THE B.A.R.C.’s Mallory Park Race Meeting on March 8th had the distinction of being the first British event of the year. The first race was for Formula Three cars and saw the new formula getting off to a good start with a comfortable win by John Taylor in one of the Ken Tyrell B.M.C.-engined Coopers, from John Fenning’s Lotus-B.M.C. and M. Davies’ Lotus-Ford.
The sports-car race, which should really have been called a sports/racing-car event, produced some spirited racing between Rex Willoughby’s 1,098-c.c. front-engined Lola-Climax and M. N. Nunn’s Lotus 23. Willoughby managed to hold the lead for the first six laps but appeared to have more difficulty in lapping the tail-enders in his older Lola and eventually Nunn slipped past to win by a short distance. The saloon-car race was disappointing in the non-appearance of Doc. Merfield’s V8-engined Ford Cortina but, nevertheless, Harry Ratcliffe’s oversized 1,370-c.c. S-type. Cooper kept the spectators entertained by some really fast lapping to win with more than 11 sec. clear of André Baldet’s Moto Baldet Lotus-Cortina and Swanton’s Lotus-Cortina.
A welcome sight was M.R.P. driver Richard Attwood, who drove Nobby Spero’s ex-Horace Gould 250F Maserati for a number of laps to demonstrate what real Grand Prix cars used to do. Attwood really enjoyed the drive and “demonstrated” with some laps in the 58-sec. bracket.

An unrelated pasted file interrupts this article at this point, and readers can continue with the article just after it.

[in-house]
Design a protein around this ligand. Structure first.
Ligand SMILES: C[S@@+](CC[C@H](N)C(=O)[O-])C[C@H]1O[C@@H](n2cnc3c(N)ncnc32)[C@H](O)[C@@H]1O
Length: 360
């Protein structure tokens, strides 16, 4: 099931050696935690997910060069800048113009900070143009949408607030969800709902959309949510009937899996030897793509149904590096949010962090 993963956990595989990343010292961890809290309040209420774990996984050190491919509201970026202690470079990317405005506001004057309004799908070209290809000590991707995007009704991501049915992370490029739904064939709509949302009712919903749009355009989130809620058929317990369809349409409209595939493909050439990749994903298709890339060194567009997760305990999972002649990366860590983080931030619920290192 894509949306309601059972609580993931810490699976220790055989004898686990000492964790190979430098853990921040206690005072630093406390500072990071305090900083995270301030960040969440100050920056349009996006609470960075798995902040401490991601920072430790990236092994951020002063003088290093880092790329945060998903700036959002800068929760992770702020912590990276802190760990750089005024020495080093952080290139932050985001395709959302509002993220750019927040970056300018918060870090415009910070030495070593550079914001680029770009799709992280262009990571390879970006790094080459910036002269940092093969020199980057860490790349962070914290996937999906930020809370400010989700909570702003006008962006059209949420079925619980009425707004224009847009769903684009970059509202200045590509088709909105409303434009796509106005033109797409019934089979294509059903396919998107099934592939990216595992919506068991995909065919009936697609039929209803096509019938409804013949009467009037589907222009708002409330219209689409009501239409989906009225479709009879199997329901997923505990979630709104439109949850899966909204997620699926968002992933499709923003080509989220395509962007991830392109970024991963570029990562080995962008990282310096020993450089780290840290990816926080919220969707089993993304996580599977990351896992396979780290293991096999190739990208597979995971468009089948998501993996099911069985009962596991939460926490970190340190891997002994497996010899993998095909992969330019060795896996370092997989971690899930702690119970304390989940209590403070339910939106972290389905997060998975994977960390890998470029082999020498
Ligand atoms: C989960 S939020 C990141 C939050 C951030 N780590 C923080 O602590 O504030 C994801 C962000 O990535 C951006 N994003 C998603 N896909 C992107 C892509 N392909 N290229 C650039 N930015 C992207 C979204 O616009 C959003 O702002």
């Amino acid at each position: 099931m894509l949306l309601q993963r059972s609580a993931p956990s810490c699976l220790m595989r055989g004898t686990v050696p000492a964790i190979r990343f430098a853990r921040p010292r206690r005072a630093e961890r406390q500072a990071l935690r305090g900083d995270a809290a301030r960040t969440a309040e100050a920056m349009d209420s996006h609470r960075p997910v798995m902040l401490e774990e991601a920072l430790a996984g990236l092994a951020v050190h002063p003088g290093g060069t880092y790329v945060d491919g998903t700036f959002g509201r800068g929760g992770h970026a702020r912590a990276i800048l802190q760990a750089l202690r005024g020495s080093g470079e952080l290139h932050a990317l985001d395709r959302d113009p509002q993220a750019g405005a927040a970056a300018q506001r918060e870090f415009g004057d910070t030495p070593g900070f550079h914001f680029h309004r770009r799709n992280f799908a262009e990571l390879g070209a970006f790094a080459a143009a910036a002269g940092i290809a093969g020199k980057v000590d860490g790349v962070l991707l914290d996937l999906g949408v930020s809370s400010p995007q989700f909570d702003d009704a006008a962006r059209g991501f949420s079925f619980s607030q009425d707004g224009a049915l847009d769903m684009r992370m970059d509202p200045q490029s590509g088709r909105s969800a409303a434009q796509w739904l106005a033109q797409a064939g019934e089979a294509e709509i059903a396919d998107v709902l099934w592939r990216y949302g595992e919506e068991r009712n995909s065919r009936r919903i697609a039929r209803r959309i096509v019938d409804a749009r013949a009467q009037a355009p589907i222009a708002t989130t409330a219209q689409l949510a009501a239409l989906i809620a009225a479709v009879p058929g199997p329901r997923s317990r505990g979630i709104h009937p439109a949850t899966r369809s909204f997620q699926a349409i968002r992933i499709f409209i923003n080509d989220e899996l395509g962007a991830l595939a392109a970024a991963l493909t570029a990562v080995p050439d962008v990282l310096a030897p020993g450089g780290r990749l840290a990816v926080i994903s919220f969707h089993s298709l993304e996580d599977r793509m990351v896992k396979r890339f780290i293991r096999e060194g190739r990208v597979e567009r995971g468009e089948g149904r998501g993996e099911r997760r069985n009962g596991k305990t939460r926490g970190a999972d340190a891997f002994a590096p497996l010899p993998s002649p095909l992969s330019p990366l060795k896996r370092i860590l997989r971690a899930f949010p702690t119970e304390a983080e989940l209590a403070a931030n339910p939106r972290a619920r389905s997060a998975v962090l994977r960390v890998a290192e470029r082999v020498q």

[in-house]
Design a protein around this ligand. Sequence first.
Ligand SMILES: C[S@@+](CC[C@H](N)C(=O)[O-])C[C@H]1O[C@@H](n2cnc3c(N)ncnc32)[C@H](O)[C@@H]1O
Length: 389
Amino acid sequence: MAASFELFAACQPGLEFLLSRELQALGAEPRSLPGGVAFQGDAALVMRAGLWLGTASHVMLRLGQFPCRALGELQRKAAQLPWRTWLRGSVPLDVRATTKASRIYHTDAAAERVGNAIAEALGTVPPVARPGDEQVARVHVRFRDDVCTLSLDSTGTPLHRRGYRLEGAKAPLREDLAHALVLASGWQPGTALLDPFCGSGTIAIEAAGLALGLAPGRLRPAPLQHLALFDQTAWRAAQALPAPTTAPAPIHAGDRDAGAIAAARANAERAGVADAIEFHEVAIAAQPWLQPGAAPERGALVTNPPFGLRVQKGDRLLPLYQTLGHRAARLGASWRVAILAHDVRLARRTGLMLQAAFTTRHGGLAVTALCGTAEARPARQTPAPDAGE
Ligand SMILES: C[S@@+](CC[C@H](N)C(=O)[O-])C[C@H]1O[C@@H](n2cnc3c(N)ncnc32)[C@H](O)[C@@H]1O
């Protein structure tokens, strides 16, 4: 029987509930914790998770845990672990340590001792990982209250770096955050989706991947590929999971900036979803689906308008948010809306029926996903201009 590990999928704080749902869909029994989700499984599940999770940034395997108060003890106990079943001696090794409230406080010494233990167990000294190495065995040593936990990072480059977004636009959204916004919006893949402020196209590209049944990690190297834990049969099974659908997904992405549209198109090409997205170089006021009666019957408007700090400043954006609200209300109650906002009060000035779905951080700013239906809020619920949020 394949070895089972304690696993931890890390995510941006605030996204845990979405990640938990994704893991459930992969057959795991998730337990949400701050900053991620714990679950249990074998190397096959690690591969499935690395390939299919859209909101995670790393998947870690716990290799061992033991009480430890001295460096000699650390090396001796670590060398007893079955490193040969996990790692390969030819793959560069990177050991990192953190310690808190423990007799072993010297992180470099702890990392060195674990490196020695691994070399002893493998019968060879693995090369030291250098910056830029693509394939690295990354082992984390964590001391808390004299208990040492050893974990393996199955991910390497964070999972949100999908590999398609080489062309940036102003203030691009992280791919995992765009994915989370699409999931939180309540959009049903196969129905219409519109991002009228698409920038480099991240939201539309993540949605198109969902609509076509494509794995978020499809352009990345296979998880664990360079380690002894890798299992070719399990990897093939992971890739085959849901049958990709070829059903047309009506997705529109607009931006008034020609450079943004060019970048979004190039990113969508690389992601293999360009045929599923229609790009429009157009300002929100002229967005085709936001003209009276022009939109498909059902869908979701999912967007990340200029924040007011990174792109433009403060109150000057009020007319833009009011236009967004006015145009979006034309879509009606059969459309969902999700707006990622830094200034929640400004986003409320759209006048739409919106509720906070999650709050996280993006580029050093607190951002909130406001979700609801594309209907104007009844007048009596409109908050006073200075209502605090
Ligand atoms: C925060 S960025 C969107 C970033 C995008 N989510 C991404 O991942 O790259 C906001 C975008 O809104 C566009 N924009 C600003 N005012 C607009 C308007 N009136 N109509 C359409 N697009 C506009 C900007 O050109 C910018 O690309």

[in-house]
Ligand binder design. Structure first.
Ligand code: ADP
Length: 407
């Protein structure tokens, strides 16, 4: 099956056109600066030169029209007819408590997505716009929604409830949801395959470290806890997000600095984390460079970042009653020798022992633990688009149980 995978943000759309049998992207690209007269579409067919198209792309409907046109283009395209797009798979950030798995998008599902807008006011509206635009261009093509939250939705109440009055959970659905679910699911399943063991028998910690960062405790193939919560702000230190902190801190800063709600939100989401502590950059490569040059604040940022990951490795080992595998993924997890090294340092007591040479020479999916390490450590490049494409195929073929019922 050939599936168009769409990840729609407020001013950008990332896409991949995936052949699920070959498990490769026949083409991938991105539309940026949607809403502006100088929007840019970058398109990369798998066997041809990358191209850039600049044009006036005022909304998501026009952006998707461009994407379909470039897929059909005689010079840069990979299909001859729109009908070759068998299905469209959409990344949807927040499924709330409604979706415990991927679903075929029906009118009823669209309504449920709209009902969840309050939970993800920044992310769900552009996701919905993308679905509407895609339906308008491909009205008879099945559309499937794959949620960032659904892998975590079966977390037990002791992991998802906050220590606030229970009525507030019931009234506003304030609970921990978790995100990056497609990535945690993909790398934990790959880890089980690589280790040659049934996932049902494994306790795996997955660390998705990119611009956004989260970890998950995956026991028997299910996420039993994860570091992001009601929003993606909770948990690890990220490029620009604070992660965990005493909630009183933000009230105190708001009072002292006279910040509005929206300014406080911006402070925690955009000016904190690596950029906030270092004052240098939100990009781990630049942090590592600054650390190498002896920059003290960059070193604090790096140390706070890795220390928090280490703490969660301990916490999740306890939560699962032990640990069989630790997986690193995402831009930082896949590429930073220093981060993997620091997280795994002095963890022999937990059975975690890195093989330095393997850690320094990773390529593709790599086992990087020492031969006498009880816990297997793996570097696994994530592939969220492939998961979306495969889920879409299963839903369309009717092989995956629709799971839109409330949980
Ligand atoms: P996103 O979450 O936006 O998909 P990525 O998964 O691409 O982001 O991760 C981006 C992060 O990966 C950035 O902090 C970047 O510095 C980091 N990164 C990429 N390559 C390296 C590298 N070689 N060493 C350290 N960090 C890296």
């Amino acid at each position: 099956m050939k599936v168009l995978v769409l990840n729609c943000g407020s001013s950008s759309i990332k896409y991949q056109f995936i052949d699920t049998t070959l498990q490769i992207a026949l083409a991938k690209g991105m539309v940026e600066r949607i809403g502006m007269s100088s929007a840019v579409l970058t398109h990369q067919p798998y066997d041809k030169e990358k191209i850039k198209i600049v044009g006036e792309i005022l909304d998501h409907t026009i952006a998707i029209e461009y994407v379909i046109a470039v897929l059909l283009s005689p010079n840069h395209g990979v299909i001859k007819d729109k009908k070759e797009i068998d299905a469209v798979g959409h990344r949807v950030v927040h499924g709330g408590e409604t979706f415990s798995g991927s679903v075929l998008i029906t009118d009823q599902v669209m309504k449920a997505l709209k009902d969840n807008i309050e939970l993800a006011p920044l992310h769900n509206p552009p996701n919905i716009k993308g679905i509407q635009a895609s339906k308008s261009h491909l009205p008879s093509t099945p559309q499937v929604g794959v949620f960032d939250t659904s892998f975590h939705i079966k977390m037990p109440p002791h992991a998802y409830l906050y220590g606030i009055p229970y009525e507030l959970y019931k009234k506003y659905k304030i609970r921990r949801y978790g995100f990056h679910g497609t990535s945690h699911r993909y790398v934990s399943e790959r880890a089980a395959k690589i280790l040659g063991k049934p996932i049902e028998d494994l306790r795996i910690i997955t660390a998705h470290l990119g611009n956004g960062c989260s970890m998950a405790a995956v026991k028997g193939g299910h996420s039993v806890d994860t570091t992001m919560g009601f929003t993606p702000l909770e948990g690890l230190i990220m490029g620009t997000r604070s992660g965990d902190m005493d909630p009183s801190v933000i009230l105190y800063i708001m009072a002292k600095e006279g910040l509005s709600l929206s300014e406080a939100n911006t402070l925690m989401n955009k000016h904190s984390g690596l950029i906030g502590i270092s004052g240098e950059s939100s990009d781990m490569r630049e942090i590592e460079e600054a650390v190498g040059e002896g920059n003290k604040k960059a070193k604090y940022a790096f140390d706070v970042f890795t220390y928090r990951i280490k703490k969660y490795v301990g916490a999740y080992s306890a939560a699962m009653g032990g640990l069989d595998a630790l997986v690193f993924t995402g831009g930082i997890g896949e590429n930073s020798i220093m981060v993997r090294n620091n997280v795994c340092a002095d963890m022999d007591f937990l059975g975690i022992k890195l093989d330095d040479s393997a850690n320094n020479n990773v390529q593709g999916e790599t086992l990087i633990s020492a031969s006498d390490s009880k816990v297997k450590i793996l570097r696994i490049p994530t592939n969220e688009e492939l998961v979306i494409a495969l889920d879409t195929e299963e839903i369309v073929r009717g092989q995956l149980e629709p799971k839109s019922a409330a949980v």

Ten laps appeared to be a little too short for the Formule Libre race, which counted as the first round of the Bob Gerard Formule Libre Trophy, but Bill Bradley’s Monaco-nosed 1,650-c.c. Cooper-Ford and Tony Hegbourne in Geoffrey Lambert’s 1,498-c.c. Cooper-Ford had a real dice in the opening laps to more than make up for the obvious lack of laps. Hegbourne, who will be driving a Formula Two car this year, soon had the whip hand and pulled out a good lead to win from Bradley, with Mike Hailwood’s ex-F.J. 1,650-c.c. Brabham-Ford third after a poor start. The last of the real races before the meeting degenerated into a handicap event was a saloon-car event won by John Fitzpatrick’s 998-c.c. Broadspeed Austin-Mini from a horde of S-type Coopers and ordinary Coopers.—E. L. W. ,
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